Where do meaning comes from?

Every now and then, I’ll always come back to this blog to throw out some ideas. I’ve been doing a lots of reading, sometimes I understand what I read and other times it all seems vague to me. Of course no doubt they’re all interesting to read, regardless whether I could understand or not what the author tried to say. There’s few particularly who caught my attention. Stuart Hall, on cultural representation and meaning, is one of the very interesting readings at this time for me. The theories of representation and approaches explaining “how representation of meaning through language works” interest me very much. Questions like “Where do meaning comes from?” and “How can we tell the ‘true’ meaning of word and image?” take my thought away for a while.

The interesting parts of this is not so much about the object. It’s about the meaning and the representation of the meaning itself. Did you ever go out of your own ‘world’?. Our meaning of world are very subjective, depending on where we come from, experiences we have, and education we get. My meaning and understanding of world is so much different now than ten years ago. I spent 27 years in Malaysia and half of my age in Penang. That’s my world. People, culture, languages, food, religions and the way of life are part of my world. I’m not saying that we are not connected to other world. We watch TV’s, listen to radio, we have overseas magazines and books, we watch movies at the cinema, etc. All this doesn’t really give much meaning to me. It’s stereotyping my meaning of other world if I could say that. I would look at others that are not part of my world as western world.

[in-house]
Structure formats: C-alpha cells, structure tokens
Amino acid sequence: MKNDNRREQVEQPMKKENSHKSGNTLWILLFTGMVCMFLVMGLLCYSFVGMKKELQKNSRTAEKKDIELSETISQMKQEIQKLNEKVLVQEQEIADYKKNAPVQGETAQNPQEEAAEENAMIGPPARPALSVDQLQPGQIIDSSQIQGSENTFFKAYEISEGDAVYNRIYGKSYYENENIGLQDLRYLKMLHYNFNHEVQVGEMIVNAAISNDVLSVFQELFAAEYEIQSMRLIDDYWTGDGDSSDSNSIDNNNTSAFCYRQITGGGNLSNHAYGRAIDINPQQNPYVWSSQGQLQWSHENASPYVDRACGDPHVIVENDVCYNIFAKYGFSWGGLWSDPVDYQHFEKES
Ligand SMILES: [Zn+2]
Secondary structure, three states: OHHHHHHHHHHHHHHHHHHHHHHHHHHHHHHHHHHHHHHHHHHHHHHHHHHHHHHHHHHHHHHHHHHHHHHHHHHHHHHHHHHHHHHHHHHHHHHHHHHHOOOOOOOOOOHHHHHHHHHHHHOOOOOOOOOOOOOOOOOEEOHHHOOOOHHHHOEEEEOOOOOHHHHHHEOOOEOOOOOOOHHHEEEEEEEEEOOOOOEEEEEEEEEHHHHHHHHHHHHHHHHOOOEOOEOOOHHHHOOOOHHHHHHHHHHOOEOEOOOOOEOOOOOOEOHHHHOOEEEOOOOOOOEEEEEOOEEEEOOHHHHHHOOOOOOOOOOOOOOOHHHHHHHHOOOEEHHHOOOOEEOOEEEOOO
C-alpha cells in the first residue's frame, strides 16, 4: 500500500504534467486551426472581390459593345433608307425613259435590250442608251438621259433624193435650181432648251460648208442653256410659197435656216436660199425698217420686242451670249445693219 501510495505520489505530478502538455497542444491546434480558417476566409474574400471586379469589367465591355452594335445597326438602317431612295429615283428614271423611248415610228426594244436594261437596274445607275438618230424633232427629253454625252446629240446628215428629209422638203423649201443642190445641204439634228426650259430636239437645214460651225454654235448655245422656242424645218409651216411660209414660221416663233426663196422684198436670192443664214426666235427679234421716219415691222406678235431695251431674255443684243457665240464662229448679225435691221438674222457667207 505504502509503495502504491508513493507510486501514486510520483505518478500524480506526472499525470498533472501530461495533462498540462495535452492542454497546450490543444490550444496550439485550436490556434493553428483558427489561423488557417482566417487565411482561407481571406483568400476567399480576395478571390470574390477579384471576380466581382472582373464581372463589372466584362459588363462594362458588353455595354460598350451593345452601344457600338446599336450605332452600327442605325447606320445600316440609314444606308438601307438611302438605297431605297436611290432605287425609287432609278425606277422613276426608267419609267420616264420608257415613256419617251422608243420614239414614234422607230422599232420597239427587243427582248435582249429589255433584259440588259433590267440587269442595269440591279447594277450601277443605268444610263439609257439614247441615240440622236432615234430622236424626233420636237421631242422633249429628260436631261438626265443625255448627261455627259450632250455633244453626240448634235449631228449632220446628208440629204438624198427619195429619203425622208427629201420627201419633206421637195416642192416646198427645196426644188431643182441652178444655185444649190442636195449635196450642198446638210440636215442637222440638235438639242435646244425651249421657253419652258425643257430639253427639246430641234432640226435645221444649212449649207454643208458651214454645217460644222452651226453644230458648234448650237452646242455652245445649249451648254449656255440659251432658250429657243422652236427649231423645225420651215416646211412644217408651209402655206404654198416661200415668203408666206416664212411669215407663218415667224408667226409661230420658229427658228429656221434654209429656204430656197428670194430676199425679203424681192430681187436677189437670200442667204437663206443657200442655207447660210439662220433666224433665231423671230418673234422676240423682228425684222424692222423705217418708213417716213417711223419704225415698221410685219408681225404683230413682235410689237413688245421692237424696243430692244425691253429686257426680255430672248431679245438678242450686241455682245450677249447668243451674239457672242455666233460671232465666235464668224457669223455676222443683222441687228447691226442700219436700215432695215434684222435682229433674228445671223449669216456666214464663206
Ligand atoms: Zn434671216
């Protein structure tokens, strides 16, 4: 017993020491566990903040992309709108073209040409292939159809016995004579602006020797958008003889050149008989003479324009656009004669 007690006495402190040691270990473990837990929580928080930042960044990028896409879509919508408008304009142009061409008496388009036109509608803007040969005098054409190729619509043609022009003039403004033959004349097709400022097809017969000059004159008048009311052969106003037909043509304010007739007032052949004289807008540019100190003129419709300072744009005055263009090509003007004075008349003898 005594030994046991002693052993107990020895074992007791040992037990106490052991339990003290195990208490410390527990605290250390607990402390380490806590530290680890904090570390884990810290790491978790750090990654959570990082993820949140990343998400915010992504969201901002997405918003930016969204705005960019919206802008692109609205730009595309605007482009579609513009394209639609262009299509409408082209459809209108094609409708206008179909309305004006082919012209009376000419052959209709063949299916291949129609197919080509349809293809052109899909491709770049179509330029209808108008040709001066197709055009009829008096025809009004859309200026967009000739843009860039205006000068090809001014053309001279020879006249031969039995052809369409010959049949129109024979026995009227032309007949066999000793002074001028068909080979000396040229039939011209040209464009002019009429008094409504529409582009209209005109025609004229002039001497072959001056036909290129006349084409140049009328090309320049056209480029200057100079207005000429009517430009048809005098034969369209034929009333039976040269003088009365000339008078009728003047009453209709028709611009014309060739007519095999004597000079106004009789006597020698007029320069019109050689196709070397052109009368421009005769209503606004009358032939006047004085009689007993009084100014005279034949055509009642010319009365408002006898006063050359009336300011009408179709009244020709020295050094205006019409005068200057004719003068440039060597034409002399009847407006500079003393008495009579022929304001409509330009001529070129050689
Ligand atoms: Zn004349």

Until I travelled far, far out of my ‘world’ and tried to get to the other world then this particular meaning of other ‘stereotype world’, in my contexts is the western world started to change. Meaning comes with the experiences and understanding of the cultural practices behind it. It’s not only what you see visually but also the meaning behind it. I saw and read many overseas materials when I was in Malaysia. I imagined many different situations with it. But imagination is unlimited. It has led me to a dreamland. Until I feel, experience and taste it myself then it will become reality. Then the meaning changes. Perceptions and information exchange. How far can meaning and perceptions go with certain information? To what extend until it stops and gives another meanings? My meanings of the western world have changed through my feel, look, experiences and way of life.

Deconstruction extended..

It’s really interesting to look back a the history of Graphic design in Deconstruction. Sadly in my undergraduate, we did not covers any of this areas, yet we covers most of History of Fine Arts. Perhaps most of our lectures at that time are from the Fine Arts education background. I wonder, if we learn the history of Graphic Design as part of our curriculum in our undergraduates, will it change our design practices and thinking on Graphic design back in Malaysia? Hmmm…